Sean Healy Presents Lil' Kim
We have all been unfair to Lil' Kim.
Try to imagine how scary it must have been to be the first female rapper to lay bare her sexual proclivities for the entire world to examine. Even if Notorious B.I.G. ghostwrote her words (as has been alleged), it's still hard to live up to being a freaky Barbie doll with an extremely bendable body. Yet folks haven't given her credit: The sexually voracious façade was as much about empowerment as Madonna's. At Key Club last night, this all became clear.
The title of Lil' Kim's 1996 album, Hard Core, wasn't just an allusion to the kind of bedroom activities she enjoyed. It was a description of her attitude in general. One of our favorite recorded moments of all time is the just barely decipherable, minute-long back-and-forth between Kim and Biggie that follows Kim's searing, scene-stealing verse on Junior Mafia's “Get Money.” As she snorts and spits retorts at one of the greatest rappers ever, it's obvious Kim had no problem playing not just for the boys, but with them.
She is 37 now, and like all women in the public eye, Kim has taken her share of lashings for her appearance. (Even we've contributed). But at the Key Club, she came out around 11:45 looking like royalty. She was draped in a red velvet cape, while a couple of unsmiling dudes reminiscent of Public Enemy's S1W security detail were posted onstage with flags throughout the show.
It was a little difficult to determine if she (or her backup singer) was the one rapping at times, but Kim sounded fine, even if the precise clip and sharply vicious growl that characterized her debut have largely dissipated into more of a purr. Her three costume changes weren't surprising — the white leotard dripping with silver tinsel and topped with a furry white jacket that made her look like she had wings was our favorite. But we were surprised by how much dancing she did, and how adept at it she was. Who knew Lil' Kim had it in her to slip on a sparkly white glove and do a pretty damn good Michael Jackson impersonation to “Billie Jean”?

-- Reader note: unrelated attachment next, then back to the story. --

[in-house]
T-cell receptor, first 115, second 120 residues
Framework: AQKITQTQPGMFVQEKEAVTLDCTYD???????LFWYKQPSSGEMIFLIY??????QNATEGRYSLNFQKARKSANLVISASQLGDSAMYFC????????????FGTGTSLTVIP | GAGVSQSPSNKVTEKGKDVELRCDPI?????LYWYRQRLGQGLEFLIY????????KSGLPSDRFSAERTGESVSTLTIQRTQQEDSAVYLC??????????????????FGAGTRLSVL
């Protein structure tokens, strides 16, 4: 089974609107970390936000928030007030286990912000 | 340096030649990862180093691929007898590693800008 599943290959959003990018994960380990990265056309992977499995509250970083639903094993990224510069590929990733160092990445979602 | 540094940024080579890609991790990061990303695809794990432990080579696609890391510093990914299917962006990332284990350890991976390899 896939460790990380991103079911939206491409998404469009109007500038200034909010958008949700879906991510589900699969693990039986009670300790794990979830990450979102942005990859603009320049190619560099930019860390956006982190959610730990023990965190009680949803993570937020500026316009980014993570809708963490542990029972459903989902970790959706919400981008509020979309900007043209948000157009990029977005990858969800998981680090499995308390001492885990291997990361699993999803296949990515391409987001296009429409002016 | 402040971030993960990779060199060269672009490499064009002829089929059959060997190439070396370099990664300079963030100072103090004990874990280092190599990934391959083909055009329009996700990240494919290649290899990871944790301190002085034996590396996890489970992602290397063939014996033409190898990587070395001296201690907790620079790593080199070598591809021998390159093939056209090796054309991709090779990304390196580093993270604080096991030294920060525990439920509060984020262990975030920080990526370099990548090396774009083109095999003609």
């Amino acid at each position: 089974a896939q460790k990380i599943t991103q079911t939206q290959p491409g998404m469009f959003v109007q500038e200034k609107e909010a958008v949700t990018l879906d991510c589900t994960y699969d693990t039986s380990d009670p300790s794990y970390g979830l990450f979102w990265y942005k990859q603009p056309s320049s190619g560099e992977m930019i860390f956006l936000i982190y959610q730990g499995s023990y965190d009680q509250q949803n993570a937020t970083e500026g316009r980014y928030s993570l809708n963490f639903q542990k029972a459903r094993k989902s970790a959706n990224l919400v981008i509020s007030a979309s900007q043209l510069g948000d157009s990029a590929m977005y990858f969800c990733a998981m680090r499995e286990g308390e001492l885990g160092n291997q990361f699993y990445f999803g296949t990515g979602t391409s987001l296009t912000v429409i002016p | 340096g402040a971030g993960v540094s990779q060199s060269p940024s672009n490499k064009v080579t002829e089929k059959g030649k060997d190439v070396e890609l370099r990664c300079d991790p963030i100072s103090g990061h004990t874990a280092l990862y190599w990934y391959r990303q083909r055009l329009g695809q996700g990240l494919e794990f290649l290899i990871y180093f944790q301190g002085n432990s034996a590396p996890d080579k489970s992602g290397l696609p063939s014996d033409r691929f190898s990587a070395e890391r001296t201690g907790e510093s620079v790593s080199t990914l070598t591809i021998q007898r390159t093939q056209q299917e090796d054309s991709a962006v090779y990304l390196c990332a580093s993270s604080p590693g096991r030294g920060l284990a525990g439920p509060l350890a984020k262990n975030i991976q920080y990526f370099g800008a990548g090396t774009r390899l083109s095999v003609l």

In fact, her show would've worked even better on a much larger stage. Her backup dancers, versatile enough to transition from corsets and burlesque for “Crush on You” to black unitards and choreography that looked copied from the musical Cats for “Quiet Storm,” were excellent. Her keyboardist and drummer never overpowered the DJ, as seems to happen often in hip-hop shows. Kim also brought out a few unexpected guests, Da Brat and Lady of Rage, not to mention a really funny and animated Kurupt.
One moment reminded us how Lil' Kim turned the tables on men, and validated women who love rap. Kurupt had just been performing “Xxplosive,” and we joined him in singing, “Fuck a bitch, don't tease bitch, strip tease bitch.” As usual, we felt a little guilty.
But as he exited, Kim strolled across the stage, looked out for a moment and paused. “Ladies, some days, we just don't wanna fuck,” she said. The ladies screamed. Then she lit into “Not Tonight,” the song that contains the declaration that makes her the baddest bitch of all time because she said it first, and in no uncertain terms: “The moral of the story is this: you ain't lickin' this, you ain't stickin' this.” And we sang along with the chorus with absolutely zero qualms.
Personal bias: Very few verses feel as good to rap along with as Lil' Kim's, especially when you're angry.
The crowd: Interesting mix of girls in dagger-like heels and tight dresses, old-school hip-hop heads and gay guys.
Random notebook dump: At the Key Club, you are screwed if you're short and don't show up early enough to get a good vantage point.